One More Hong Kong-Related Item
This is something I've been meaning to post since I returned from Hong Kong, but I simply haven't had the time to do so.
I flew United to and from Hong Kong with their nonstop service from Chicago. It's about 14 hours in the air, and it's the sort of flight plan that pushes up against the comfortable limits of modern commercial air travel -- even if you're in upgraded business class. I was sitting in the upper deck section (highly recommended for this trip if you can score the upgrade with miles) and before our noon takeoff I managed to get a few minutes with the pilots and flight engineer in the cockpit. (Paradoxically, the everyday security paranoia that permeates domestic commercial service is a bit restrained overseas; at the gate they kept the cockpit door open and seemed happy to chat for a couple of minutes right up until they got word that everyone was on board and the flight was ready for an early push-back.) After showing me the obligatory cockpit copy of "Flying for Dummies" with all the expected yuk-yuks, I asked them a few questions about their flight planning approach and why there was no air traffic control on Channel 9 when the flight neared the arctic circle.
I got a few interesting tidbits out of them:
- The maximum takeoff weight of the fully-loaded 747-400 we flew is 875,000 pounds. Our aircraft took off at just over 874,000. (The pilot had me run the fuel weight calculation on my palm for him "just to be sure." I have a feeling they already knew the number by heart, but it was fun to play along.)
- They don't know, at takeoff, exactly how much runway they're going to need to get off the ground. They have some idea of the minimum, but everything depends on air density, how much fuel they've burned at idle, and some other factors they didn't go into. I found this extremely odd, since you have all sorts of performance charts to tell you how even a lowly Cessna will perform at a wide range of temperatures, altitudes, and weights. Something about jets makes all the easy math hard. I think Hong Kong's runways are 13,000' or better, so it's really not an issue, but I still would've thought they'd have more certainty.
- Channel 9 goes mute near the arctic because the pilots actually do position reporting using UHF radio (vs. VHF, which is in use at all the 'normal' latitudes). UHF is required to reach the nearest reporting stations somewhere in the icebox Yukon. Apparently, their UHF band is full of static and they'd just as soon spare the six of us listening to Channel 9 all that worthless noise. Thanks, guys.
When takeoff actually happened, I think we got off the ground at about the 9,000 foot mark. Knowing at that moment exactly how much mass that aircraft was hoisting into the low seaside overcast gave me some added appreciation for just how well designed (and piloted) commercial aircraft are today.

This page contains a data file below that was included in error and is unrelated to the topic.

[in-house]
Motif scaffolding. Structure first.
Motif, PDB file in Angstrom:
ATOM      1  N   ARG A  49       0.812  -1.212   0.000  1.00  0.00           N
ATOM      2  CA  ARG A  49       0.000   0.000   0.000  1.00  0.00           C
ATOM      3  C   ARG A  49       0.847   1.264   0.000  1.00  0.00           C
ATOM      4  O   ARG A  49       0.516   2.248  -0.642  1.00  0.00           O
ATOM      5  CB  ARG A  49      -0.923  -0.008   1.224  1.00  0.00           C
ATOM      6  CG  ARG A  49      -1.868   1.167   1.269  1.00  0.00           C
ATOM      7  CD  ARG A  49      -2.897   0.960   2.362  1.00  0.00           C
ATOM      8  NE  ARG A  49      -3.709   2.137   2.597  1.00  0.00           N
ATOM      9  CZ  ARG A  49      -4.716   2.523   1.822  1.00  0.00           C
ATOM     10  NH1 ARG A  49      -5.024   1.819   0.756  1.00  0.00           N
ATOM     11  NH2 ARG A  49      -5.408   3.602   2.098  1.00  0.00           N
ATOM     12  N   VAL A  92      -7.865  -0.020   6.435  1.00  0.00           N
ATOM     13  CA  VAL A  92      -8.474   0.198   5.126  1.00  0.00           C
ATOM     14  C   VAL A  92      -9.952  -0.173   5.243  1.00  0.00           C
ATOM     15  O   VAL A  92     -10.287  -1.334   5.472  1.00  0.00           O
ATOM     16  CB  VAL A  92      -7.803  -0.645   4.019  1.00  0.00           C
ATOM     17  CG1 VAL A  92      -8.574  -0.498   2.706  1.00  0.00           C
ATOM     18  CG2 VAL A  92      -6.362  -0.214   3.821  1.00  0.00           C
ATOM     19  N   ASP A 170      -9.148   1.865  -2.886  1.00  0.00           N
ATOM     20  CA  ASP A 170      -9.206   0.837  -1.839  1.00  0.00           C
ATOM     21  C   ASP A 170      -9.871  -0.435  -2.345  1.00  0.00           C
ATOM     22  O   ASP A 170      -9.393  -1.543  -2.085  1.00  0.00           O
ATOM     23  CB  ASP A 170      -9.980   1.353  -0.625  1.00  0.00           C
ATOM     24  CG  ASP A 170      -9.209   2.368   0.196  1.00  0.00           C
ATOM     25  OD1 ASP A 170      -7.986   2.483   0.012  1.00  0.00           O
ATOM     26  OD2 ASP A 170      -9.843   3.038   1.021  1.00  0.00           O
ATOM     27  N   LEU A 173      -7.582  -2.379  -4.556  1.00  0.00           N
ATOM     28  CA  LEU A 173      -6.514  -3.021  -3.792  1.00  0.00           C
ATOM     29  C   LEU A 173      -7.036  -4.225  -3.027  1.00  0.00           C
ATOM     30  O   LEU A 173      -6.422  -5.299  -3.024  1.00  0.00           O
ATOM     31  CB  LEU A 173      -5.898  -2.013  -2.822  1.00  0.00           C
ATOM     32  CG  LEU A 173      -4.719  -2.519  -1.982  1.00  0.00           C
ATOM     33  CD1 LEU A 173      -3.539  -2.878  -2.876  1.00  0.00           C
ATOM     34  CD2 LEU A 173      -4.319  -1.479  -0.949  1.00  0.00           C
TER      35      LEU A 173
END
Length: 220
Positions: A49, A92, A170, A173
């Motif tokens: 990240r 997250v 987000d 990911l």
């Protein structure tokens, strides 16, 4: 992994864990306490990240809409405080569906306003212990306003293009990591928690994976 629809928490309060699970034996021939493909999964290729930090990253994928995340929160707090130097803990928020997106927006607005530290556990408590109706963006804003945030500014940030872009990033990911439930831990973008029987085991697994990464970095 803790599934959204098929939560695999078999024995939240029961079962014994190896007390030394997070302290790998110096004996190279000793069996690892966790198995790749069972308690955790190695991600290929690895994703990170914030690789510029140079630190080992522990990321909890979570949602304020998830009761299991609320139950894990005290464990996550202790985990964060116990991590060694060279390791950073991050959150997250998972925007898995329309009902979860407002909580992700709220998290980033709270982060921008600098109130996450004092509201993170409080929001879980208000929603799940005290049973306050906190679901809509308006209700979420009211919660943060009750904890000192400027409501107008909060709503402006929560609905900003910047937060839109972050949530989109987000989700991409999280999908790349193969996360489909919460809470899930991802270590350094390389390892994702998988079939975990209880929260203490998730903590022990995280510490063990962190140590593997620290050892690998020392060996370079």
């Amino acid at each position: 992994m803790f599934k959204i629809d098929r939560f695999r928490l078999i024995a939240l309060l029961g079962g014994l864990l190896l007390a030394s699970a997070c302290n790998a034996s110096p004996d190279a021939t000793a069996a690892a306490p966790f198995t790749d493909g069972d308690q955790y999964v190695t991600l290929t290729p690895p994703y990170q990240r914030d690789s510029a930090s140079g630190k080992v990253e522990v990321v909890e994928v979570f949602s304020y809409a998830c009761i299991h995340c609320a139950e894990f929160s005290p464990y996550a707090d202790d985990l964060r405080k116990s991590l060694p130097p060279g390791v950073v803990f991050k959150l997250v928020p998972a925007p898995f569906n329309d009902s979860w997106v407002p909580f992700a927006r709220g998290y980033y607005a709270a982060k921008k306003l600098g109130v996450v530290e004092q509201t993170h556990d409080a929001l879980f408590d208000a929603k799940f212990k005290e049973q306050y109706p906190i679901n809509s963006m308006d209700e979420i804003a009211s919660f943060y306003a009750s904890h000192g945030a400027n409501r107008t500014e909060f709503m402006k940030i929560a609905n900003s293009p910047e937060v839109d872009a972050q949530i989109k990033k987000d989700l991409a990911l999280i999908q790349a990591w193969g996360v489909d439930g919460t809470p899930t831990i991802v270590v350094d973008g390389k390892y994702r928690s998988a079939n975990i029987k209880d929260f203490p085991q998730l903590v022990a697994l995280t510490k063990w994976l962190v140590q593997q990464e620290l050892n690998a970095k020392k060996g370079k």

Once enroute, I decided to record some of the air traffic control communications near mainland China. I figured they would be different enough from the usual general aviation chatter I hear over Chicagoland that they'd be worth sharing. How did I record it? That was a fun hack to cook up:
- I own a pair of Bose Series II Noise Canceling headphones. A modified-but-mostly-standard 1/4" audio plug connects the headphones to the standard stereo outlet found on most modern aircraft seats. The key is that the headphone end is removable, so the headphone cable can also act as a general purpose cable with two plug ends. I tuned Channel 9, plugged into the jack, and then plugged the other end into my Powerbook's Line In jack instead of the headphones.
- I fired up Audacity, an excellent open source audio recording/remixing client. I probably could've used GarageBand, but Audacity was simply my choice at the moment.
- With a new sound file open, I hit record, selecting "22k Hz mono" as my recording format -- ATC transmissions are over VHF frequencies similar to those you use to listen to AM radio, so recording in stereo is a waste of bandwidth.
- I put Audacity into the background and let it record a few minutes of audio. I returned to the file later to double check the input level and found that it was surprisingly good -- I didn't have to tweak anything to get a smooth, normalized audio stream. Got my recording in one take!
I later edited the following file down from ten minutes to just under two minutes, saving the three most interesting exchanges (which are admittedly pretty hum-drum, but you pays your money and takes your seat for this show). Here's the audio: